extinct

\ \ [15] Latin stinguere appears originally to have meant ‘prick, stick’ (a sense revealed in the derivative from which English gets distinct), but in historical times the only record of it we have is in the later, and rather remote metaphorical meaning ‘quench’. With the addition of the prefix ex- ‘out’ it became extinguereput out’, whence English extinguish [16]. Extinct comes from its past participle, extinctus, and originally meant ‘put out, no longer alight’: ‘That fire was extinct’, Ranulph Higden, Polychronicon 1432– 50. Its modern use, ‘having died out’, dates – in relation to species, families, etc – from the late 17th century.
\ \ Cf.DISTINCT, EXTINGUISH

Word origins - 2ed. . 2005.

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  • Extinct — Ex*tinct , a. [L. extinctus, exstinctus, p. p. of extinguere, exstinguere. See {Extinguish}.] 1. Extinguished; put out; quenched; as, a fire, a light, or a lamp, is extinct; an extinct volcano. [1913 Webster] Light, the prime work of God, to me… …   The Collaborative International Dictionary of English

  • extinct — [ek stiŋkt′, ikstiŋkt′] adj. [ME < L extinctus, exstinctus, pp. of exstinguere: see EXTINGUISH] 1. a) having died down or burned out; extinguished [an extinct fire] b) no longer active [an extinct volcano] 2. no longer in existence or use;… …   English World dictionary

  • Extinct — Ex*tinct , v. t. To cause to be extinct. [Obs.] Shak. [1913 Webster] …   The Collaborative International Dictionary of English

  • extinct — index dead, defunct, lifeless (dead), null (invalid), null and void, obsolete, outdated …   Law dictionary

  • extinct — (adj.) early 15c., from L. extinctus/exstinctus, pp. of extinguere/exstinguere (see EXTINGUISH (Cf. extinguish)). Originally of fires; the sense of the condition of dying out of a family or a hereditary title, 1580s; of species by 1768. Cf.… …   Etymology dictionary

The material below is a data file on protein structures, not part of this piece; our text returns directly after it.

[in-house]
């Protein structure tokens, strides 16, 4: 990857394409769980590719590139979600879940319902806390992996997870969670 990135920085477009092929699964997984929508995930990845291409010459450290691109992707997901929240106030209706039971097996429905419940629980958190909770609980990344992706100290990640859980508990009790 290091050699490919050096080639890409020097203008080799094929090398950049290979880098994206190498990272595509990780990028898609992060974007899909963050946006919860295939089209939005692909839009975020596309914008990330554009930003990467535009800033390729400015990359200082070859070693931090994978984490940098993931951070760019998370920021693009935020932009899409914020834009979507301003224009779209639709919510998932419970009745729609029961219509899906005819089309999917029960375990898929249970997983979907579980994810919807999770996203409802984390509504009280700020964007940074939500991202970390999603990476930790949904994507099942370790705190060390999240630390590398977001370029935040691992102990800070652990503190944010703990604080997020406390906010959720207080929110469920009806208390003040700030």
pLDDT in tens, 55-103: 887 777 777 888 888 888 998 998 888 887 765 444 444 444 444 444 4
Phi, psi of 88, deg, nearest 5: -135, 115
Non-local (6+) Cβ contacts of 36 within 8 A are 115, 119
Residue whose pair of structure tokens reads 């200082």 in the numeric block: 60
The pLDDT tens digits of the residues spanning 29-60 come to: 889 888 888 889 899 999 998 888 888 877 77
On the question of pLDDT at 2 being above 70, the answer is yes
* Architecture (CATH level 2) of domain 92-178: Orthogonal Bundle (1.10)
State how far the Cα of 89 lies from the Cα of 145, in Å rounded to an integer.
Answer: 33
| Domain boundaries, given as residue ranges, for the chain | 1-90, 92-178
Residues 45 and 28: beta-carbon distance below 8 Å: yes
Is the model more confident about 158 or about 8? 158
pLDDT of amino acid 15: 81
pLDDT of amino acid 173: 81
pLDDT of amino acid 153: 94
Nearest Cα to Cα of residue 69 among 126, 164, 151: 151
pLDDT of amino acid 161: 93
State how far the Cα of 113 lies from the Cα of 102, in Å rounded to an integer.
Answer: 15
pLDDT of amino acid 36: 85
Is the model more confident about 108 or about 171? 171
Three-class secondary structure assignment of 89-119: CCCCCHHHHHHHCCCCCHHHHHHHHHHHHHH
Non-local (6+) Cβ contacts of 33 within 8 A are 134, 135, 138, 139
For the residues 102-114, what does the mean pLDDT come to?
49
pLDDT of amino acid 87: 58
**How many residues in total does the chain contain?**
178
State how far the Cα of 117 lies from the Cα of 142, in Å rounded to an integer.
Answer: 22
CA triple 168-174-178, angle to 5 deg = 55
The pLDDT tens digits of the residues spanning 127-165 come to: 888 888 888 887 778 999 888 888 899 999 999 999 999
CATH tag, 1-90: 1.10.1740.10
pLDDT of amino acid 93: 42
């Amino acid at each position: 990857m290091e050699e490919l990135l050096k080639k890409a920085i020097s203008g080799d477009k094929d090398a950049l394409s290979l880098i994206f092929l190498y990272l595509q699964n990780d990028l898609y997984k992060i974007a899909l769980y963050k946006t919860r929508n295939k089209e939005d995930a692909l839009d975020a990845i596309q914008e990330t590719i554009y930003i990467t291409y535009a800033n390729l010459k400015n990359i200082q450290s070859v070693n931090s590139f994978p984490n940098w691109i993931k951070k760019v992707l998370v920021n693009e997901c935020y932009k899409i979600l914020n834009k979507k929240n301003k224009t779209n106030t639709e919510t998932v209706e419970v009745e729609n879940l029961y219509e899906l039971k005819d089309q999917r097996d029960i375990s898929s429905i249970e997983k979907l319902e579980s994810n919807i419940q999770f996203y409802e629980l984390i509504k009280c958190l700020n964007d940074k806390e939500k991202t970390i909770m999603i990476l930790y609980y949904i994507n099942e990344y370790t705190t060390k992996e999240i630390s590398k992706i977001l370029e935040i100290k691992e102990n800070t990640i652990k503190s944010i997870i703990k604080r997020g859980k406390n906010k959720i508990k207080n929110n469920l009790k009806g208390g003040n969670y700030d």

• extinct — [adj] dead, obsolete abolished, archaic, asleep, bygone, cold*, dead and gone*, deceased, defunct, departed, disappeared, done for*, doused, ended, exanimate, exterminated, extinguished, fallen, gone, inactive, late, lifeless, lost, no longer… …   New thesaurus

  • extinct — ► ADJECTIVE 1) (of a species or other large group) having no living members. 2) no longer in existence. 3) (of a volcano) not having erupted in recorded history. ORIGIN originally in the sense «no longer alight»: from Latin exstinguere extinguish …   English terms dictionary

  • extinct — 01. Some people fear that grizzly bears are in danger of going [extinct]. 02. Dinosaurs have been [extinct] for millions of years. 03. Although dinosaurs have been [extinct] for millions of years, they are still very popular among children. 04.… …   Grammatical examples in English

  • extinct — [[t]ɪkstɪ̱ŋkt[/t]] 1) ADJ A species of animal or plant that is extinct no longer has any living members, either in the world or in a particular place. It is 250 years since the wolf became extinct in Britain. ...the bones of extinct animals. 2)… …   English dictionary

  • extinct — ex|tinct [ıkˈstıŋkt] adj [Date: 1400 1500; : Latin; Origin: exstinctus, past participle of exstinguere; EXTINGUISH] 1.) an extinct type of animal or plant does not exist any more ▪ Dinosaurs have been extinct for millions of years. ▪ Pandas could …   Dictionary of contemporary English

  • extinct — ex|tinct [ ık stıŋkt ] adjective * 1. ) an extinct animal, plant, or language no longer exists: The Tasmanian tiger was declared extinct in 1936. a ) an extinct custom, job, type of person, etc. does not exist any longer because society has… …   Usage of the words and phrases in modern English

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